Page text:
Initial entry represents the first point at which an adult commences an uninterrupted period of supervision within the adult corrections system. Each person is counted only once during his or her period of involvement with correctional services, regardless of subsequent changes in legal status.
Admissions for Canadian Centre for Justice Statistics surveys are counted each time a person begins any period of supervision in a correctional institution or in the community. These data describe and measure the flow of persons through correctional services over time. The same person may be included several times in the admission counts where he/she moves from one correctional program to another (e.g., from remand to sentenced custody) or re-enters the system later in the same year. Admissions therefore represent the number of entries of persons, during a fiscal year, to remand, sentenced custody or a community supervision program, regardless of the previous legal status. These data are administrative data. Although the correctional services surveys report according to nationally agreed upon, standardized concepts and definitions, limitations in jurisdictional comparability exist due to differences in their operations which can affect the uniform application of the definitions. Therefore, caution is required when making comparisons between jurisdictions.
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The characteristics (sex, age and Aboriginal identity) of adults involved in correctional services are available for the admissions data. Given the method by which admissions are counted, the same person may be represented several times in the data as he or she moves from one type of correctional supervision to another. As a result, caution should be used when interpreting the survey results for age, sex and Aboriginal status of adults under correctional supervision.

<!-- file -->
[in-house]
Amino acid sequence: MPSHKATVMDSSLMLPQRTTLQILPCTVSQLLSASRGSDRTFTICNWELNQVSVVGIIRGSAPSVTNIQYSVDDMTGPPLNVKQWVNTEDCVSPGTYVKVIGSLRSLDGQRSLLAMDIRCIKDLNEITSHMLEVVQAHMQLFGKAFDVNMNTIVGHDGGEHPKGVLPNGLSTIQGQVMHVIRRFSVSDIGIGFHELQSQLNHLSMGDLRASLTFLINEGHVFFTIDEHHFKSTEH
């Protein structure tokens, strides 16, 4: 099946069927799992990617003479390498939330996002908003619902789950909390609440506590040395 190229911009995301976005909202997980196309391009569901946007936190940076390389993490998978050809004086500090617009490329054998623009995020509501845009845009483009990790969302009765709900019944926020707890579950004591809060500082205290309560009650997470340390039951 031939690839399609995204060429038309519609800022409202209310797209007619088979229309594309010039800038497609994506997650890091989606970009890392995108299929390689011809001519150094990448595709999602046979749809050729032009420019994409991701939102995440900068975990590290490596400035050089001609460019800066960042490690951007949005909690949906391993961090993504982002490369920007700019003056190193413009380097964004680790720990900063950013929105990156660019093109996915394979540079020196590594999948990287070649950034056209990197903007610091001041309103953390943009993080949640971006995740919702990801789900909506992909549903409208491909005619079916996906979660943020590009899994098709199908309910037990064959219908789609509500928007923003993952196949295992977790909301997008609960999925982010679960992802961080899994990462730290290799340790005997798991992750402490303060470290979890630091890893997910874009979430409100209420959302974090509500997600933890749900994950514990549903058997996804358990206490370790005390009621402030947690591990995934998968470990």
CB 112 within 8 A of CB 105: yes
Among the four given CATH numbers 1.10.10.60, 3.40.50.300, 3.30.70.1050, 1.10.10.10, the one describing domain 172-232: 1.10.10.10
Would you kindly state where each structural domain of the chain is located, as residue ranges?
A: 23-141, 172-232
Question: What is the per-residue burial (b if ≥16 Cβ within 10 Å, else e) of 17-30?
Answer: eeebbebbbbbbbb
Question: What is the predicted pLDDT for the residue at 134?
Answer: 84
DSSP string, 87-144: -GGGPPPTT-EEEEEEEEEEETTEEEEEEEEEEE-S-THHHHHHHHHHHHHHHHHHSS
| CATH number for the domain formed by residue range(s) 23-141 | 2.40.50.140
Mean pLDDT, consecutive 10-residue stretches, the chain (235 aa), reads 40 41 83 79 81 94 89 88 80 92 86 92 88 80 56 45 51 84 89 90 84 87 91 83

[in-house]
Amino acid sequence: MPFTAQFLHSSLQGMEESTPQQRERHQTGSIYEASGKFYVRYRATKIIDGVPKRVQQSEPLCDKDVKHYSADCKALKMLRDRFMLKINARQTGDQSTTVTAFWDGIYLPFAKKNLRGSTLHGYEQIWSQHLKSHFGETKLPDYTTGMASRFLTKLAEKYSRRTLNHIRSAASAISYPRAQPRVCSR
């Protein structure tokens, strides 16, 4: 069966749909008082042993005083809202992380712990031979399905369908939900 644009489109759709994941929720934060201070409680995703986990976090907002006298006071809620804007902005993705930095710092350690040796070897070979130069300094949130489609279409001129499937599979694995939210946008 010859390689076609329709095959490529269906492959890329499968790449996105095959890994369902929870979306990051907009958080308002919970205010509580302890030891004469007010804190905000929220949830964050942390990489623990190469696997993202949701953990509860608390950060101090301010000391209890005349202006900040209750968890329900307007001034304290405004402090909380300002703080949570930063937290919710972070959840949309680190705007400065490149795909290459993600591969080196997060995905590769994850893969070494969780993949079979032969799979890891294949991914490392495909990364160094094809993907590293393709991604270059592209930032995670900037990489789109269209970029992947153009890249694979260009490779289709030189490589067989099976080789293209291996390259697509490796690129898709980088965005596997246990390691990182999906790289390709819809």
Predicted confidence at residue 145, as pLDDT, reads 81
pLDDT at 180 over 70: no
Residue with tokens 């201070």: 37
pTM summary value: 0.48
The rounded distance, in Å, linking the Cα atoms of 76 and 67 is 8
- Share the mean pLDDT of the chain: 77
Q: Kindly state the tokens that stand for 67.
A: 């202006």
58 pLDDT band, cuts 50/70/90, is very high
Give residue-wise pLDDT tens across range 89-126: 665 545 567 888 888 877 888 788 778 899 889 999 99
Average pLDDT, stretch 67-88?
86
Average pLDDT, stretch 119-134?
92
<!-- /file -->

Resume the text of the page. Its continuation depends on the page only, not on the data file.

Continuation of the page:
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The Adult Correctional Services (ACS) Survey collects aggregate data on the number and case characteristics (e.g., sex, age group, Aboriginal identity, length of time served) of admissions to and releases from adult correctional services. The following jurisdictions responded to the ACS in 2014/2015: Prince Edward Island, Quebec, Manitoba, Yukon, the Northwest Territories and Nunavut.
The Integrated Correctional Services Survey (ICSS) collects microdata on adults and youth under the responsibility of the federal and provincial/territorial correctional systems. Data include socio-demographic characteristics (e.g., age, sex, Aboriginal identity) as well as information pertaining to correctional supervision, including admissions and releases by legal hold status (e.g. remand, sentenced, probation). The following jurisdictions responded to the ICSS in 2014/2015: Newfoundland and Labrador, Nova Scotia, New Brunswick, Ontario, Saskatchewan, British Columbia and Correctional Service Canada.
The Adult Corrections Key Indicator Report collects aggregate data on average daily custody counts and month-end supervised community corrections counts in the provincial/territorial and federal adult systems. The following exclusions are noted for historical data: Newfoundland and Labrador (2009/2010 for data on community supervision); Prince Edward Island (2005/2006); Nova Scotia (2006/2007 to 2014/2015 for data on community supervision); Alberta (2013/2014 all data and 2014/2015 for data on community supervision); and, the Northwest Territories (2003/2004 to 2007/2008 for data on community supervision).